CLEARWATER — Bill Schade remembers the days in the 1970s and '80s when fingerprints were enlarged on a white poster and displayed as evidence in courtrooms.
Fingerprint technology has come a long way since then, said Schade, fingerprint records manager at the Pinellas County Sheriff's Office. The agency's new forensic comparator and examination station is a testament to that change.
"When you talk about the evolution in technology, I've seen a lot of changes," Schade said. "We can do so much more."
The new comparator, produced by the company FOCOS2, was installed at the Sheriff's Office latent-fingerprint section Aug. 1. Grants paid for the equipment, which cost about $30,000, Schade said.
On Monday, latent-fingerprint examiner Mara Iocolano displayed the new comparator, used to analyze fingerprints collected at crime scenes, and the equipment it replaced side by side.
The old comparator cost about $5,000 nearly a decade ago. Examiners had to place paper copies — one of the fingerprint collected at the scene, the other of the known fingerprint — under two lenses that showed the images side by side on a 13-inch TV.
If the examiners needed to make a note about a feature of the fingerprint, they jotted it down on the paper copy. They had to physically move the copies back and forth to show them on the screen.
"This is kind of clumsy," Iocolano said.
She displayed the same fingerprints on the new comparator, composed of two 8-megapixel cameras and a 24-inch touch-screen monitor. She placed each one under a camera. Once displayed on the screen, Iocolano scaled both images to the same size.
The comparator also includes a set of filters that can be placed on the camera lens to brighten and sharpen fingerprints, which are often dark and blurry. Image-editing software similar to Photoshop is also installed in the station. Examiners can rotate and zoom in on the images. They can crop samples and jot notes on the screen with a stylus.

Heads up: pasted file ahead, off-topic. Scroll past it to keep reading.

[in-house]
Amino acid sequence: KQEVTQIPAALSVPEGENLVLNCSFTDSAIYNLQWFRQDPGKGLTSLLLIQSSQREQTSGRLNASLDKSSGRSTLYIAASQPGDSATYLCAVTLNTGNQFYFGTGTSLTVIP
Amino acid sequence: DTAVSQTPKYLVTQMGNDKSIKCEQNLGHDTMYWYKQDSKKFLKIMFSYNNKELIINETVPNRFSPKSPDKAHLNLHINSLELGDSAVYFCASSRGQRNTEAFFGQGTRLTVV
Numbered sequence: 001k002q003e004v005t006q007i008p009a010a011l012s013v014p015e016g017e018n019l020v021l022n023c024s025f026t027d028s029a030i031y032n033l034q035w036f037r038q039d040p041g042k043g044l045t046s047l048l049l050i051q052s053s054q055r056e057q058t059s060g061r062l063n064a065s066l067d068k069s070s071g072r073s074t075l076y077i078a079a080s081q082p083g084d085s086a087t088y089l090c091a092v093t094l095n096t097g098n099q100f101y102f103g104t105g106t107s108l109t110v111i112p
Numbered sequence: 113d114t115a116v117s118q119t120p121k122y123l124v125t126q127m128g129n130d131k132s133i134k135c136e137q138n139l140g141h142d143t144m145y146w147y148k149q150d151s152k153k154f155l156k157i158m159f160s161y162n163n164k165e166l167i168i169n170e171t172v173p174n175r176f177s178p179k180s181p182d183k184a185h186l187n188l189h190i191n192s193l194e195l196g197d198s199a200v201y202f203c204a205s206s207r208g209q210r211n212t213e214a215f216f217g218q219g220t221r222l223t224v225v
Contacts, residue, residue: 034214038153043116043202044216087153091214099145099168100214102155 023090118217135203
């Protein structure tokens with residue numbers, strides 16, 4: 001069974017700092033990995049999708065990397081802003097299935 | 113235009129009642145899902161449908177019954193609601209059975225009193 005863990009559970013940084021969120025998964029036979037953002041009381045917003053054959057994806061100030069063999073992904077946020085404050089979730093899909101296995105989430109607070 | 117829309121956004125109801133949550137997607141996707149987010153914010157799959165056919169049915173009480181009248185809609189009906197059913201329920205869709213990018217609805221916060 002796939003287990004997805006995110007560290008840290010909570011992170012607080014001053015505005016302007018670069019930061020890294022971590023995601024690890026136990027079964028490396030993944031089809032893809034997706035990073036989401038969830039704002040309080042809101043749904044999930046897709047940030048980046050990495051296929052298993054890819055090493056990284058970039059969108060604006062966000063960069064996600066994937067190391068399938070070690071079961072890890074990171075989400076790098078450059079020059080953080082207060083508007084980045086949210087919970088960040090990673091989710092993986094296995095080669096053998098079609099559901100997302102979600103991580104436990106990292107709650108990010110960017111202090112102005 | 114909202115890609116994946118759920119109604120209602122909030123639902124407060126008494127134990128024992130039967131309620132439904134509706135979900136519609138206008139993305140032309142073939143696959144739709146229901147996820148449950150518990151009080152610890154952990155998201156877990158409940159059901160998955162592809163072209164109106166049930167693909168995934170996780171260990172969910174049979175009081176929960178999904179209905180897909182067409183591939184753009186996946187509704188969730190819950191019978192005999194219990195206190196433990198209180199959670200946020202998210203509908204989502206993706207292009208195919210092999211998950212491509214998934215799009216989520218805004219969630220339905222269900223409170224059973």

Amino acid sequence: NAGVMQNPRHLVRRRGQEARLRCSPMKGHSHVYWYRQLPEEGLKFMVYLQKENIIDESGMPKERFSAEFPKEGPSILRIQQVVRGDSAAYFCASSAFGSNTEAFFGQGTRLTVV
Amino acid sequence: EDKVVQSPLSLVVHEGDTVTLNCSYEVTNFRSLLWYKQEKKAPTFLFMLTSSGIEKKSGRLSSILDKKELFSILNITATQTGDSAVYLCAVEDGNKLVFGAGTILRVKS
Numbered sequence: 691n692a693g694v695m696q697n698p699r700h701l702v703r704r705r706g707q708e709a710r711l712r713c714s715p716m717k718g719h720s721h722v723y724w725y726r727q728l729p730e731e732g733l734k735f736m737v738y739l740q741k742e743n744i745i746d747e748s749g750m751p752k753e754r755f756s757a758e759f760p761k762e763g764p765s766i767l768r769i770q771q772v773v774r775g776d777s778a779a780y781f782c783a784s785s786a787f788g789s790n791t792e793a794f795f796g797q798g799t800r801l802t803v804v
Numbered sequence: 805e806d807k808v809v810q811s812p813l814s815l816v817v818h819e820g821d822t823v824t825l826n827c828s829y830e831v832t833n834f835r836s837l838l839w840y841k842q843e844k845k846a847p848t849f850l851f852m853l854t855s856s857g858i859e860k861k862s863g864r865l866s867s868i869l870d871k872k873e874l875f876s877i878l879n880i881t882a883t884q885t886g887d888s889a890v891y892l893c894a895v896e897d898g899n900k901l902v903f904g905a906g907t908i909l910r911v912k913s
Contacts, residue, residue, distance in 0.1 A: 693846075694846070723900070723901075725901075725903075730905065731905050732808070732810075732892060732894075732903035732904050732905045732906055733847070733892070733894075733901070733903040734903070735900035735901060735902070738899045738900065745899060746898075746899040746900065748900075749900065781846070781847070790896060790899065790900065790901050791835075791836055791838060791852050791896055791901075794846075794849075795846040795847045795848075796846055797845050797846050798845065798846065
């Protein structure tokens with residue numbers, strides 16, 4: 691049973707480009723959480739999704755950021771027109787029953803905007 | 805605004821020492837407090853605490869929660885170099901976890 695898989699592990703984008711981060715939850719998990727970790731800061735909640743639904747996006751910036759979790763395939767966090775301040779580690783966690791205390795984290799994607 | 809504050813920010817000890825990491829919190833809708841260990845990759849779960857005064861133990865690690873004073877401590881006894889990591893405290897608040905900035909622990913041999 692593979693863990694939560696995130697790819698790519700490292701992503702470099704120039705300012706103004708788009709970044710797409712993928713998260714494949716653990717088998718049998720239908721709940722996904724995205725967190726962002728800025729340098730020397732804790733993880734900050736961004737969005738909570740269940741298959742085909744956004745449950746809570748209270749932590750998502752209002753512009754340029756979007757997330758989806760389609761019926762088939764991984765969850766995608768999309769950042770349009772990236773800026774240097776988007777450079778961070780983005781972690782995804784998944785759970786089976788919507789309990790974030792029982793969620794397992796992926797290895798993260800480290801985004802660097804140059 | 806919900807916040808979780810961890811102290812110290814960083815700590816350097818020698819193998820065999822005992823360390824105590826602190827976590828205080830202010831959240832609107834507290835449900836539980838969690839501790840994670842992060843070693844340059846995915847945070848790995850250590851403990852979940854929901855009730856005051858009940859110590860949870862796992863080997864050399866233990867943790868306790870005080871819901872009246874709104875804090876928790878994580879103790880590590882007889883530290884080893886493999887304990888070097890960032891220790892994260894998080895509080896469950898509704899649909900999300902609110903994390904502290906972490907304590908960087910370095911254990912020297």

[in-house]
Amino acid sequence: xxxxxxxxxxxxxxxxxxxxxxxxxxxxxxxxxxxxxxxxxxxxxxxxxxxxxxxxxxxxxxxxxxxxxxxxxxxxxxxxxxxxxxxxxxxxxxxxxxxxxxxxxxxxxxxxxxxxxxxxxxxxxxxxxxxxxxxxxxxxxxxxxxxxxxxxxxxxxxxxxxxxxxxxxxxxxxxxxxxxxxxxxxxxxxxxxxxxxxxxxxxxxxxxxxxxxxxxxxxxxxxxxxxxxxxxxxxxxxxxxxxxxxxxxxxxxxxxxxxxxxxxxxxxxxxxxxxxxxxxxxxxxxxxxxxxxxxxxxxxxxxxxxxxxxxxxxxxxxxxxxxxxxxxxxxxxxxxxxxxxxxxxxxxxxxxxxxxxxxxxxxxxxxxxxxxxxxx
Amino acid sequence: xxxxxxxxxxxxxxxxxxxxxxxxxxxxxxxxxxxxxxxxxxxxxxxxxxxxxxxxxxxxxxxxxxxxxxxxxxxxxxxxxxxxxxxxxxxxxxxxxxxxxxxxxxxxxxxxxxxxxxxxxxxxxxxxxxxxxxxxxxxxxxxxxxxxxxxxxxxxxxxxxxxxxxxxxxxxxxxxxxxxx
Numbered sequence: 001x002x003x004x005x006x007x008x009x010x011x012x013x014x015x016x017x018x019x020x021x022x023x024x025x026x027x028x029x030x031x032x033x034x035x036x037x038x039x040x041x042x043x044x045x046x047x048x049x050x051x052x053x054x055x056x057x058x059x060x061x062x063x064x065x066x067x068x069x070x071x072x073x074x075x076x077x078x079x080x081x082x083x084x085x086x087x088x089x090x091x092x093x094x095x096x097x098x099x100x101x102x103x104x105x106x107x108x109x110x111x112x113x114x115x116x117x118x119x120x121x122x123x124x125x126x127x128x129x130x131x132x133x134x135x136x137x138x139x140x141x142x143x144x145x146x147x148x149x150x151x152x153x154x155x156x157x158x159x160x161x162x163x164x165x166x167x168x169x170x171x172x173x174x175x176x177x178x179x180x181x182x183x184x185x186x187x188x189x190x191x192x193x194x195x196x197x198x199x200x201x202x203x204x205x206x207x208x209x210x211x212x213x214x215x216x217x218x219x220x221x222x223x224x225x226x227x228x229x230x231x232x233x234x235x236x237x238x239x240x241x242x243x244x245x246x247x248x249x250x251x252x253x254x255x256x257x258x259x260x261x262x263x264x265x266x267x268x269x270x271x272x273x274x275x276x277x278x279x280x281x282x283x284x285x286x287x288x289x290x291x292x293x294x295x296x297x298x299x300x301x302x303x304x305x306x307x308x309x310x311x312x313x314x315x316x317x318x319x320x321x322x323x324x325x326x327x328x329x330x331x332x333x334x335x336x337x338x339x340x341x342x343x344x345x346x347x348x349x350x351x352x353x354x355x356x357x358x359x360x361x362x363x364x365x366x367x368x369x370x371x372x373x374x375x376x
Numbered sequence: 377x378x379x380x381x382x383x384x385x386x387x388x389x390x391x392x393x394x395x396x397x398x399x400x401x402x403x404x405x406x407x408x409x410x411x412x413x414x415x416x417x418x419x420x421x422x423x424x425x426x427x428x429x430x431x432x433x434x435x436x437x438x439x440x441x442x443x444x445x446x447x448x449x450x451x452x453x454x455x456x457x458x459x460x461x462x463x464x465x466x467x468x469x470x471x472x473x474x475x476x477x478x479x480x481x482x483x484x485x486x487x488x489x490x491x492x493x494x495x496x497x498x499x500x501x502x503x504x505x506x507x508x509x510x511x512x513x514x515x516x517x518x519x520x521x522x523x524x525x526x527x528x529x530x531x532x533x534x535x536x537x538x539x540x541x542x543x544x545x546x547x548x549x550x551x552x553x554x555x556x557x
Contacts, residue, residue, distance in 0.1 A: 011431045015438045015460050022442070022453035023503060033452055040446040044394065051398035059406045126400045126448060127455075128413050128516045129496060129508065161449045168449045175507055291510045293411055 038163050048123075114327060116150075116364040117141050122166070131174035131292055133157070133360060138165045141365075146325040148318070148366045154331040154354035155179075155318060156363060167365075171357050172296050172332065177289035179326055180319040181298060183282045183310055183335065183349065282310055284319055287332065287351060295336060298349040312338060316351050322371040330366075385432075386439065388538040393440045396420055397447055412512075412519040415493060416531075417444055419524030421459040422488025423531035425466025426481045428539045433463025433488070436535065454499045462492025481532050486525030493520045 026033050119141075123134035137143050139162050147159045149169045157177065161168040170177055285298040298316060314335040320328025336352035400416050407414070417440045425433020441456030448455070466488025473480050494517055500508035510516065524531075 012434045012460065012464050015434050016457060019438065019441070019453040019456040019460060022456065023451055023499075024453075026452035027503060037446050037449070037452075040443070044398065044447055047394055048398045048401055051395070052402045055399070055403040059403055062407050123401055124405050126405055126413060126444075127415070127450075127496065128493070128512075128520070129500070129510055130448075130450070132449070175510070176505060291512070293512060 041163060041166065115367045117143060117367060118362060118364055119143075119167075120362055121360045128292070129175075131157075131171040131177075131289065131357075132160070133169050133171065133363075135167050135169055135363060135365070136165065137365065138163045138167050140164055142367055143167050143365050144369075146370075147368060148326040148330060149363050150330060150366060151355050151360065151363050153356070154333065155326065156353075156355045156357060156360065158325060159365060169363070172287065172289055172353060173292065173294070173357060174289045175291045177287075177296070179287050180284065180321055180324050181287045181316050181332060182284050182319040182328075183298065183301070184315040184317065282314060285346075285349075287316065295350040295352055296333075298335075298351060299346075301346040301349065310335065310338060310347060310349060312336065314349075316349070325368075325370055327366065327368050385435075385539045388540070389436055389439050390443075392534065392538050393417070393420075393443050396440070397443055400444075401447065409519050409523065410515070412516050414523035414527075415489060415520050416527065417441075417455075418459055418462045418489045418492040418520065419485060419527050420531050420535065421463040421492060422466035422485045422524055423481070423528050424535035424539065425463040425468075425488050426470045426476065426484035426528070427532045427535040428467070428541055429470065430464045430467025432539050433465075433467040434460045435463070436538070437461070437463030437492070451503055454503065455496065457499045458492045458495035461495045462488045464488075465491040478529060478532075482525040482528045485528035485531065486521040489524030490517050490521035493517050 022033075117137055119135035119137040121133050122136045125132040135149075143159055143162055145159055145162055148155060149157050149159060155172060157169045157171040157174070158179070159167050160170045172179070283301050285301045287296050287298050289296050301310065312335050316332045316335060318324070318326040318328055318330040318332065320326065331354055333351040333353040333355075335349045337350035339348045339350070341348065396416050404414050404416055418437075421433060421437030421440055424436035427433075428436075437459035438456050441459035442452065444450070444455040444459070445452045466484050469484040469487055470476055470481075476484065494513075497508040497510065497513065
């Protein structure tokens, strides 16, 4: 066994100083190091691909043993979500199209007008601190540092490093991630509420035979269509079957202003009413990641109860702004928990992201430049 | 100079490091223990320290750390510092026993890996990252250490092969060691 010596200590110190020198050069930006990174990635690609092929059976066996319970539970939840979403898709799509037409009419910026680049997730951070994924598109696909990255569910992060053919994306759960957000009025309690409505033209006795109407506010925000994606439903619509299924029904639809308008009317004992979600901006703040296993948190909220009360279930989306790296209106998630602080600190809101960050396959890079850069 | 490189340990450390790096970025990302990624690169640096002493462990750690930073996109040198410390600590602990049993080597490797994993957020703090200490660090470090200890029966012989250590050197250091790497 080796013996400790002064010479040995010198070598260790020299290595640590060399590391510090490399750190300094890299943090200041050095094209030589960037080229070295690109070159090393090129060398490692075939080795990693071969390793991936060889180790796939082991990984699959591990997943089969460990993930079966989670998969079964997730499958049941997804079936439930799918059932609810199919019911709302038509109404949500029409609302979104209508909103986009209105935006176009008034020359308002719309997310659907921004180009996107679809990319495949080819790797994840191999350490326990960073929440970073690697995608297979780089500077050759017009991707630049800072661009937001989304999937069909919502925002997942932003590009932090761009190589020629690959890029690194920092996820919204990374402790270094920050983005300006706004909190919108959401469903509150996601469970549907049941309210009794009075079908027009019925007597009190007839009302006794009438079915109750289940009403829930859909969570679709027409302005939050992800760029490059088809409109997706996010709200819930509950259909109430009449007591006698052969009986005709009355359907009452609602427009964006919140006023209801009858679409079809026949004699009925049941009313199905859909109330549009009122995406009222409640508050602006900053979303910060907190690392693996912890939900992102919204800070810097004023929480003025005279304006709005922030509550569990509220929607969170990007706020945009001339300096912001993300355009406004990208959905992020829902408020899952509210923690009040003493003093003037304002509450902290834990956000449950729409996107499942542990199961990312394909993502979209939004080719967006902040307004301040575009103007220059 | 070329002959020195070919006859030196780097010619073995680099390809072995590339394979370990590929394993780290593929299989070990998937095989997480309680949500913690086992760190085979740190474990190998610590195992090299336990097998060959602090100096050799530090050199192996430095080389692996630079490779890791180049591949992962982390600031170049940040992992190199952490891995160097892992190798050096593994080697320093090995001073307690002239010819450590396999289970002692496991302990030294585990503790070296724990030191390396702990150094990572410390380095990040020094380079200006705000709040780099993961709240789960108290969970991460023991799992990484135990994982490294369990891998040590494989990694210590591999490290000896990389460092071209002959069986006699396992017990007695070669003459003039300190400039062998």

"It makes things a lot easier when we're looking at this," Iocolano said. "We have a whole suite of tools that we can use."
The cameras can also swivel and rotate.
"If we have an actual piece of evidence — say they brought in the whole door and we just wanted something on the doorknob — we can pull that out, we can aim the camera directly on where we need it to be," she said.
Officials from FOCOS2 visited the Sheriff's Office for one day to show the seven latent-fingerprint examiners how to use the new tools.
The comparator is used daily, Iocolano said, to identify and eliminate potential suspects.
Schade hopes the new technology will lead to better evidence in court.
"When I produce results and I can document those properly, I have very solid evidence," he said. "Our job is to answer questions and match things up and provide investigative leads."
Laura C. Morel can be reached at firstname.lastname@example.org or (727) 445-4157.